Why isn't both sides happy about this terrorist being dead. Both Dems and Reps should be congratulating each other on this. Is this the end of terrorism and resurgent attacks in Iraq, NO. But that is like saying why arrest the Son of sam, only another serial killer will take his place.

    I believe, both sides are being taken over by there fringe, but more so on the Dem side i sadly feel. The last few days, the talking point Dems and some Congressmen are saying the most ass nine things. One Dem pundit was saying this morning that Bush was parading the photos of this dead scumbag and holding press conferences like he was gloating. if anything, Bush has been very restrained in his rhetoric and said the violence will not stop by this guys death. Some have said that Bush did this to improve his numbers and make everyone forget all his failures.

    I mean, come on. Whats next, if we find Bin Laden and kill him, will these same people call it a ploy, said we did the wrong thing because now he is a martyr, that violence begets violence, that it is a ploy to improve his numbers???

    I usually am not happy by the death of another human being, but when a killer like Al Zarquai, Bin Laden, Jeffrey Dahmer, Ted Bundy, Hitler, Stalin die, whether at the govts hands, there own hands, natural causes, accidents etc I am happy to the thought that now that person will not be able to destroy someone elses right to live.

    Dems should stop this non-sense of whenever something good like this happens to find the grey cloud in the silver lining. I dont agree with Jack Murtha, but at least the guy said it is a good thing this guy is gone now.

    Not sure if you are referring to me or not, but I am not an American, and if I was would not align myself along political lines. To address the silver-lining concept, if you read my posts I never once said this is not a good thing. What I was trying to state however, is that though this small victory can and will be savoured by a select few, the masses SHOULD NOT be lulled into thinking this is a significant military victory. It simply is not. In such global matters I do not think it is pertinent to focus too much on the death of one individual. As I said before it was this same logic that led the United States into this war in the first place.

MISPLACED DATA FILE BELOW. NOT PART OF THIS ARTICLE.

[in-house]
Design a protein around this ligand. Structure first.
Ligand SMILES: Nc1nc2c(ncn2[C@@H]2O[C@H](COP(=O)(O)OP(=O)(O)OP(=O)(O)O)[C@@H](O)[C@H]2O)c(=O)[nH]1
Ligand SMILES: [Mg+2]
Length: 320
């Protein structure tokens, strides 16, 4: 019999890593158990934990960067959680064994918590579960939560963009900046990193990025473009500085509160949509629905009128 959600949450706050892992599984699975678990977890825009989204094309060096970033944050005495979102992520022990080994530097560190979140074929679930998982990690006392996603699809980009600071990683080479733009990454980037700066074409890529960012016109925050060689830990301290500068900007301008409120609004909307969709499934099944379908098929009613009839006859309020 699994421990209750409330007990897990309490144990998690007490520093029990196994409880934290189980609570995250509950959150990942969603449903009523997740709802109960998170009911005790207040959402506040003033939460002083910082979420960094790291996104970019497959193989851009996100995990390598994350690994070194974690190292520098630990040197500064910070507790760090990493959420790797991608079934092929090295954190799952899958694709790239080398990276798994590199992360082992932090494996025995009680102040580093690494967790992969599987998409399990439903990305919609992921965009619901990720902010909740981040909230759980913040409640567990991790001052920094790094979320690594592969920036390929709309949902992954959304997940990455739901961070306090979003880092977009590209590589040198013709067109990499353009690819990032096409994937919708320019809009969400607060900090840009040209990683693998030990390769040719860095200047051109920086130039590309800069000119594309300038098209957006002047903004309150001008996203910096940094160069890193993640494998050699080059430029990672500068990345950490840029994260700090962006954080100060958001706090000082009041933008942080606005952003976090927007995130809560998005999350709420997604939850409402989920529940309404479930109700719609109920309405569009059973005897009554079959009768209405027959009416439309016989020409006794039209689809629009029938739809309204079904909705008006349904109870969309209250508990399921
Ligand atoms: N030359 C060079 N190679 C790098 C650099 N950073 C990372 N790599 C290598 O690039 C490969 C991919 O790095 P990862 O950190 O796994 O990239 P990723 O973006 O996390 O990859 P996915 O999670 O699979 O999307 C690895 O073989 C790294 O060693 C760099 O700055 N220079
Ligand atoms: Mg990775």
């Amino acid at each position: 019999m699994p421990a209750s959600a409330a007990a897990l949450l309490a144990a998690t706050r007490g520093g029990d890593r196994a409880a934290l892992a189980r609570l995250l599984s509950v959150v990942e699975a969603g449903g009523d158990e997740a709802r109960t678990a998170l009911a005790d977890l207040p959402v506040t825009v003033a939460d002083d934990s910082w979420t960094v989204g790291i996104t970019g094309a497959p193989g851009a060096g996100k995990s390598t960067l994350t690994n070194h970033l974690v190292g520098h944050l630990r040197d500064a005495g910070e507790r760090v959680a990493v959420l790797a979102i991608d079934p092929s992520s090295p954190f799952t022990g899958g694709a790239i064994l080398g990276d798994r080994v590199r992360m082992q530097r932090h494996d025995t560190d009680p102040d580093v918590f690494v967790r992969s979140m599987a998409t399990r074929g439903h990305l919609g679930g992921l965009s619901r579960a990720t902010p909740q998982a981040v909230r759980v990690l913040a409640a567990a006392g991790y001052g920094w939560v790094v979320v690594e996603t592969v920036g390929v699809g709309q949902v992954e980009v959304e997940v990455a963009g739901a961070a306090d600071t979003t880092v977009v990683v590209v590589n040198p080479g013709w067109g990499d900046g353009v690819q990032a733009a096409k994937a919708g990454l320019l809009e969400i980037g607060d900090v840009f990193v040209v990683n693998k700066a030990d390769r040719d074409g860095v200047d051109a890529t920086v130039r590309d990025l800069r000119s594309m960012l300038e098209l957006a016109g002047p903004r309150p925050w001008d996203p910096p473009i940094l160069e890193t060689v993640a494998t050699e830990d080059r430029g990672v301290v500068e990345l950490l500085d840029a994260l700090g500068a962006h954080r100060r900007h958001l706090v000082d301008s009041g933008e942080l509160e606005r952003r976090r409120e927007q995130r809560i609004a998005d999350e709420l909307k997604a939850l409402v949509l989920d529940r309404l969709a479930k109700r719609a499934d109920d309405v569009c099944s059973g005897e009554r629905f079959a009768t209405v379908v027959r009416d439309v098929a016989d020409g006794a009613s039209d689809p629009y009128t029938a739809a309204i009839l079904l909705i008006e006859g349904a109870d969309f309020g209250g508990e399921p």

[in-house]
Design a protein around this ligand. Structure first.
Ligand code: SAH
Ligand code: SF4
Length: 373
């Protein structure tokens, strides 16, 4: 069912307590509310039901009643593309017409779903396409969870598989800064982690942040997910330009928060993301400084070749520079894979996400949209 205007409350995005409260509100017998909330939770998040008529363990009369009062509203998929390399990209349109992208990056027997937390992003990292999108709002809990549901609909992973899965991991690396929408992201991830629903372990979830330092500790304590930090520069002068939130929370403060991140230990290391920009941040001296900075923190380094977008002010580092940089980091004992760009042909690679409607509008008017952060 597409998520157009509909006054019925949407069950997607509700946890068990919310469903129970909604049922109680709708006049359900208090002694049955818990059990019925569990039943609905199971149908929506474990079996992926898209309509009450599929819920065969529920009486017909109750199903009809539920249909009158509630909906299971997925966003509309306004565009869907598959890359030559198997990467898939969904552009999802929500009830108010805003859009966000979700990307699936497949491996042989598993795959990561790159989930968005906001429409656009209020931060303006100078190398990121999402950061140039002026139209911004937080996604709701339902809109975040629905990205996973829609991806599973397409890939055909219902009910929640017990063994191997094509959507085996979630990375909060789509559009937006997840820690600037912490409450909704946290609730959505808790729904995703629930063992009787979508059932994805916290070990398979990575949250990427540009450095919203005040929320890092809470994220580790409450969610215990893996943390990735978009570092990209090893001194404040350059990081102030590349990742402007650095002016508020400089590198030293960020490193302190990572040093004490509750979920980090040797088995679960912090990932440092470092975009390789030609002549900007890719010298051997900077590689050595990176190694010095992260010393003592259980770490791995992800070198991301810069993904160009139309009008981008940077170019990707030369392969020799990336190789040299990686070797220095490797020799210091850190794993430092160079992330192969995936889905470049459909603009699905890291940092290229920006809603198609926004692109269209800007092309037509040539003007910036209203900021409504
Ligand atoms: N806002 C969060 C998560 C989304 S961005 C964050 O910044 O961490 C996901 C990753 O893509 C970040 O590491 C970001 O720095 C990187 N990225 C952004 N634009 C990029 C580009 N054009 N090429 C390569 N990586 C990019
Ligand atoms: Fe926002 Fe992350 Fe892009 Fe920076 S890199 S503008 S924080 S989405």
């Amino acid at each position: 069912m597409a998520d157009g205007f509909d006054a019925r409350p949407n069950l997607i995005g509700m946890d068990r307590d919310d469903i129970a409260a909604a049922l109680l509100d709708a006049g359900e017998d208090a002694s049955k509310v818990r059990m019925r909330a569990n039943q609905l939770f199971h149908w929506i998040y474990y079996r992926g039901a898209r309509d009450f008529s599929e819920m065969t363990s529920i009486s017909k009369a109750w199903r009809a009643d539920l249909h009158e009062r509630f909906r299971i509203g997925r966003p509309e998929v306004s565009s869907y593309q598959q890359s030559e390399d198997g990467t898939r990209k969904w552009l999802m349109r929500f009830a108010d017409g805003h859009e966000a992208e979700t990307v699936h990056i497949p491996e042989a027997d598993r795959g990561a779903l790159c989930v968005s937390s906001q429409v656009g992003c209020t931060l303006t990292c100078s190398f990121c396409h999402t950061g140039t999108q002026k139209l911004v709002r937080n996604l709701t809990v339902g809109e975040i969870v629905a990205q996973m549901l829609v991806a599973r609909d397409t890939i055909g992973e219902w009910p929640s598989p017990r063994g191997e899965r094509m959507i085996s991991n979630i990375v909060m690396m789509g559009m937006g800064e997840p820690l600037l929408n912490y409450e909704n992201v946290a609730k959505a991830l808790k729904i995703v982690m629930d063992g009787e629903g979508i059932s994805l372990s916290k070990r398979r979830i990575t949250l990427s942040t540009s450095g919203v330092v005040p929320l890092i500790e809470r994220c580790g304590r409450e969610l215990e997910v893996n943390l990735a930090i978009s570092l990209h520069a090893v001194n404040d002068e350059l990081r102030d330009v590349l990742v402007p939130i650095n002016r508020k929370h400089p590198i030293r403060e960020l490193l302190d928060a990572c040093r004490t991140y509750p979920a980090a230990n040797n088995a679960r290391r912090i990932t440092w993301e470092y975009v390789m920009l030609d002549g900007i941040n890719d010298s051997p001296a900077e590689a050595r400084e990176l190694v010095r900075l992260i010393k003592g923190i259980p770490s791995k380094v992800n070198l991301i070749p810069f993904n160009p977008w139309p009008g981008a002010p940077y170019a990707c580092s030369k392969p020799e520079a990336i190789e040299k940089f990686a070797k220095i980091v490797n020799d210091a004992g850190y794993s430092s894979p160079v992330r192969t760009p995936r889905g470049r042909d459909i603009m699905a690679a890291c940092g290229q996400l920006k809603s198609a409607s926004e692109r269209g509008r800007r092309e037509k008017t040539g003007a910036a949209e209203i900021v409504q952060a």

Also, to both CDB and Dinotrainer, I do not think the "why arrest the Son of sam, only another serial killer will take his place" argument has much precident here. Although there are, and have been many serial killers, as their cases standed they are isolated individuals. Arresting that one serial killer is effective as it eliminates the threat of that one individuals further course of action, there is a direct correlation between crime and personal accountability. Although another serial killer will arise, he will not continue on the same path, for the same victims, in the same city, etc., Seeing as Zarqawi was part of a vast network, that if left continually unchecked can/will threaten the safety of individuals everywhere, trying to create an analogy between his deeds and one individual serial killer has no merit beyond that of personal satisfaction and closure for his known victims families. Zarqawi is not a serial killer in one city, he is a small part in a now global socio-political, socio-economic and unfortunately religious struggle. Although his death is great for the families, it really does have no bearing on the entire stuggle.
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    Quote Originally Posted by Mulletsoldier
    .....Although his death is great for the families, it really does have no bearing on the entire stuggle.
    That is simpy dead wrong. Such statement simply contradicts reality.
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    Quote Originally Posted by DinoTrainer
    .....Dems should stop this non-sense of whenever something good like this happens to find the grey cloud in the silver lining. .....
    The Dems have never failed to snatch defeat from the jaws of victory.

    They just can't stand that the good side is winning.

    To them, partisan politics trump national interest and basic human decency.

    Time was, the elder statesmen in political parties, put national interest above partisanship. These days, you can't find that in the opposition anymore. They have sold everything down the river, just to get back into power.
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    Quote Originally Posted by BioHazzard
    That is simpy dead wrong. Such statement simply contradicts reality.